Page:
Music Program

Saturday, November 4, 2017 at 8:00 p.m.

$15 general admission, $12 students/seniors, $10 members

To learn more about the benefits of becoming a member, please click here.

William Hooker solo with silent film: A Page of Madness

photo by Luciano Rossetti

photo by Michiel Devijver

William Hooker - drums

William Hooker is an American jazz drummer and composer who has performed as a leader of many ensembles of improvised and new music. "Recognized as an iconoclast, and one of the most innovative musicians and drummers of his generation, William knows no genre bounds and ceaselessly searches for new forms of music, always with the intent to inspire."

William Hooker's body of uninterrupted work beginning in the mid-seventies defines him as one of the most important composers and players in jazz. As bandleader, Hooker has fielded ensembles in an incredibly diverse array of configurations. Each collaboration has brought a serious investigation of his compositional agenda and the science of the modern drum kit. His work is frequently grounded in a narrative context. Whether set against a silent film or anchored by a poetic theme, Hooker brings dramatic tension and human warmth to avant-garde jazz. His ability to find fertile ground for moving music in a variety of settings that obliterate genre distinctions offers a much-needed statement of social optimism in the arts.

William Hooker (drummer, composer and poet) has created works that range from jazz and "new" music to experimental genres. He has released over 60 CDs a a leader. Mr. Hooker has performed at the Brooklyn Academy of Music, The Atrium at Lincoln Center, Wadsworth Atheneum, Queen Elizabeth Hall, Walker Art Center, MTV, The Kitchen, Roulette, Real Art Ways. He has also presented his work at the JVC Jazz Festival, Montreal Jazz Festival, Vancouver Jazz Festival, CMJ Music Festival, Vilnius Jazz Festival, Experimenta Argentina, The Knitting Factory and the Victoriaville Music Festival.

William Hooker has received commissions and support from the New York State Council on the Arts, Meet the Composer, Tokio Marine Insurance Company and colleges and universities such as Oberlin, Fordham, Columbia, New York University, Boston University, Princeton, Dartmouth and many more. Accompanying musicians have included Billy Bang, David Ware, William Parker, Thurston Moore, David Soldier, Roy Campbell, DJ Spooky, Steven Bernstein, Zeena Parkins, Lee Ranaldo, Jason Hwang, Sabir Mateen, Elliott Sharp, David Murray, Ted Daniel, JD Parran and many more.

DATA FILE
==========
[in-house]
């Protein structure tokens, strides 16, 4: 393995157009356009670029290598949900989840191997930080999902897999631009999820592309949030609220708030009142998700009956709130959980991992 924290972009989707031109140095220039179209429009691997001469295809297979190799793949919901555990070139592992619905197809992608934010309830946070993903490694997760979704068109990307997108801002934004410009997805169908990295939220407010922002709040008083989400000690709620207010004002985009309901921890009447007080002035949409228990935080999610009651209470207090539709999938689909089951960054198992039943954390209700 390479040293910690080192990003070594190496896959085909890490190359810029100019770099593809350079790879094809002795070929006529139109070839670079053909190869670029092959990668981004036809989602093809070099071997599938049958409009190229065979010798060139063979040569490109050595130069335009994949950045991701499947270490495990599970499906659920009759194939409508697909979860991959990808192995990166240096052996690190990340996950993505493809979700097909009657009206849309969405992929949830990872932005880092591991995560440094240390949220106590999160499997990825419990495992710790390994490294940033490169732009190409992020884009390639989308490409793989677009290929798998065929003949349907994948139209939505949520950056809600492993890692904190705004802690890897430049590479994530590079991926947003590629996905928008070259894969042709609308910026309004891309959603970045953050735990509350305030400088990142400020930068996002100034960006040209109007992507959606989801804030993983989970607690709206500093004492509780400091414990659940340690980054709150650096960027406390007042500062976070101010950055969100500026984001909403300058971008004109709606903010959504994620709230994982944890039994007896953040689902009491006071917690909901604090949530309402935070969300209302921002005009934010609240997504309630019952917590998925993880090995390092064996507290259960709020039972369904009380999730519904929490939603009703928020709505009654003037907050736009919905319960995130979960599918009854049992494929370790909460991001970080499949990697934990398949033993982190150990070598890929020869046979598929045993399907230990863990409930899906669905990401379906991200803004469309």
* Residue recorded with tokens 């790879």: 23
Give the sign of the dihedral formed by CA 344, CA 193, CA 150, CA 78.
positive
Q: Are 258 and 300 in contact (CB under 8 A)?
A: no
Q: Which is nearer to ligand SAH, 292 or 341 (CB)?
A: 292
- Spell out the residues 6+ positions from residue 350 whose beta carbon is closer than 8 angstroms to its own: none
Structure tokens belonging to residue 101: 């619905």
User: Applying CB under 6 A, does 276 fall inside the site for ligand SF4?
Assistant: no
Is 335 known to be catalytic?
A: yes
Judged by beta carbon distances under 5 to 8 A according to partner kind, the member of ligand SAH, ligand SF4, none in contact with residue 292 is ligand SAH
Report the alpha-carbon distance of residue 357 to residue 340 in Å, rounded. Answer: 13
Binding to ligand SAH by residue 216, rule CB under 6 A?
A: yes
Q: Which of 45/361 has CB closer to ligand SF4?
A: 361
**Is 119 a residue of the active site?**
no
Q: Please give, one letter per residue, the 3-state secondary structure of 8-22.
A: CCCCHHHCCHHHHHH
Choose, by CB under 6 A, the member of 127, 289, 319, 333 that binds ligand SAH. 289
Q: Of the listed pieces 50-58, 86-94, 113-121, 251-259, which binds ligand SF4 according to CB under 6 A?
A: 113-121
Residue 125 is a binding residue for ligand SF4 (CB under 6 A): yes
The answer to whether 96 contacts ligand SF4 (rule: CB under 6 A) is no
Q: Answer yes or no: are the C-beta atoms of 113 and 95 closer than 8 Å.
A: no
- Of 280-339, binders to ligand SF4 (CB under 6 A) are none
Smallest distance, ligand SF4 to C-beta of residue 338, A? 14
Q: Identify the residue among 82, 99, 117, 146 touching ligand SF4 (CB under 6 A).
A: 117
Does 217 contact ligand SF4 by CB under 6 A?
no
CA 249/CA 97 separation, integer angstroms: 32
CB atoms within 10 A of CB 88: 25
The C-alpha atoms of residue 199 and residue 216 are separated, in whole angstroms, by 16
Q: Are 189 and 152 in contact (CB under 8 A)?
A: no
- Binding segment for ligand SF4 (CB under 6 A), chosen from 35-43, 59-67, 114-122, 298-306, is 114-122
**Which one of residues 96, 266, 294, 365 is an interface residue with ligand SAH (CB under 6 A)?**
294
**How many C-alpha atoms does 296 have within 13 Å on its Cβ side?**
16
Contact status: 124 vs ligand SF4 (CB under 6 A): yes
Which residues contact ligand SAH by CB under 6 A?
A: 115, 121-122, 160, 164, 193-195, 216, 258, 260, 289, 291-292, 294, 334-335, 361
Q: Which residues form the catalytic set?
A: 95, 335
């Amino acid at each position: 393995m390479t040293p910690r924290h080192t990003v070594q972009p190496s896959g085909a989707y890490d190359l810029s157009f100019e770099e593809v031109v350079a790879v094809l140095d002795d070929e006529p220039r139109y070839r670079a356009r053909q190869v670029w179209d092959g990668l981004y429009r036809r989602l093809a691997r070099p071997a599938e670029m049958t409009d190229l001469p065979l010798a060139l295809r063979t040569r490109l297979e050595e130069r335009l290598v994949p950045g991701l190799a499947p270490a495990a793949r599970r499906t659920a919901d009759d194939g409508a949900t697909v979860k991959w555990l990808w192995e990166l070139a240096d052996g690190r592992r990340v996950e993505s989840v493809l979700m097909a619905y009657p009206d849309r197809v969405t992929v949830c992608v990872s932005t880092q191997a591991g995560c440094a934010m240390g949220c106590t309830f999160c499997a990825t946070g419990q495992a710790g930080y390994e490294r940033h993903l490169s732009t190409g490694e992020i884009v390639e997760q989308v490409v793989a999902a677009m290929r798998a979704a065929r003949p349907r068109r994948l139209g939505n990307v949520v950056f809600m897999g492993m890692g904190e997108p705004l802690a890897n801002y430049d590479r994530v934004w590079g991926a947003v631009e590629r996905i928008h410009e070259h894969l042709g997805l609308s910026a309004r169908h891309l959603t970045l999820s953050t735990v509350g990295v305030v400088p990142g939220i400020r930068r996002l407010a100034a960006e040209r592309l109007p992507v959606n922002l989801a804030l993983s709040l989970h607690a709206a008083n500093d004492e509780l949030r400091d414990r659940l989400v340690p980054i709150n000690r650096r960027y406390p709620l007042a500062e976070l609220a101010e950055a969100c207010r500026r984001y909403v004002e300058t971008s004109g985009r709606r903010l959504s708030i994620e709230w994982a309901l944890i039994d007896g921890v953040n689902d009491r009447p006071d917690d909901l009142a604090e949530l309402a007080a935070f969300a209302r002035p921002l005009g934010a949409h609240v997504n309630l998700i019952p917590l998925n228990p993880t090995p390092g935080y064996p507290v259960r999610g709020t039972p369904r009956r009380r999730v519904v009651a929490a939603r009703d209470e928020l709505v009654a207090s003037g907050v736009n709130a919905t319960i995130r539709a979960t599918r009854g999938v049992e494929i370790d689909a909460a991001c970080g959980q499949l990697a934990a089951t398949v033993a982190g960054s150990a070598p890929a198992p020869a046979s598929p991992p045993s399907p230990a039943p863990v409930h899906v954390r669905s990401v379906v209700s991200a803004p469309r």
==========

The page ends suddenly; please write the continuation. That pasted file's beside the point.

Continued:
A Page of Madness (Kurutta Ippēji or Kurutta Ichipeiji) is a silent film by Japanese film director Teinosuke Kinugasa, made in 1926. It was lost for forty-five years until being rediscovered by Kinugasa in his storehouse in 1971. The film is the product of an avant-garde group of artists in Japan known as the Shinkankakuha (or School of New Perceptions) who tried to overcome naturalistic representation.

Yasunari Kawabata, who would win the Nobel Prize for Literature in 1968, was credited on the film with the original story. He is often cited as the film's screenwriter, and a version of the scenario is printed in his complete works, but the scenario is now considered a collaboration between Kawabata, Kinugasa, Banko Sawada, and Minoru Inuzuka. Eiji Tsuburaya is credited as an assistant cameraman.

Plot: The film takes place in an asylum, in the countryside. Amid a torrential rainstorm, a janitor wanders through the halls revealing the various patients suffering from mental illness. The next day, a young woman arrives at the asylum and is surprised to see her father, the janitor, working there. Her mother is an inmate in the asylum, and she had gone insane due to the cruelty of her husband when he was a sailor. The janitor, feeling guilty, had taken a job at the asylum to take care of her. The daughter announces that she is about to get married to a fine young man, but the janitor begins to worry, since society at the time still maintained the prejudiced view that mental illness is inherited. If the young man's family learns about the mother, the marriage might be called off.

At work, his relationship with his wife, which is not known to the asylum, interferes with his job, as he gets into a fight with some male inmates when his wife his hit, and is sternly scolded by the head doctor. All this sparks the janitor to experience a number of fantasies, as he slowly loses control of the border between dreams and reality. He first has a daydream about winning a chest of drawers at a lottery that he could give to his daughter as part of her dowry. When his daughter comes to tell him her marriage is in trouble, he thinks about taking his wife away from the asylum so as to hide her existence. Finally, he fantasizes about killing the head doctor, but that reverie goes out of hand as a bearded inmate is seen marrying his daughter. The janitor finally dreams of distributing masks to the inmates, providing them at last with happy faces. He returns to work mopping the floors, no longer able to visit his wife's ward because he had lost the keys. He sees the bearded inmate pass by, who bows to him for the first time, as if bowing to his father in law.

Hallwalls Music Program is made possible through a generous grant from The Cullen Foundation & public funds from the New York State Council on the Arts, a state agency.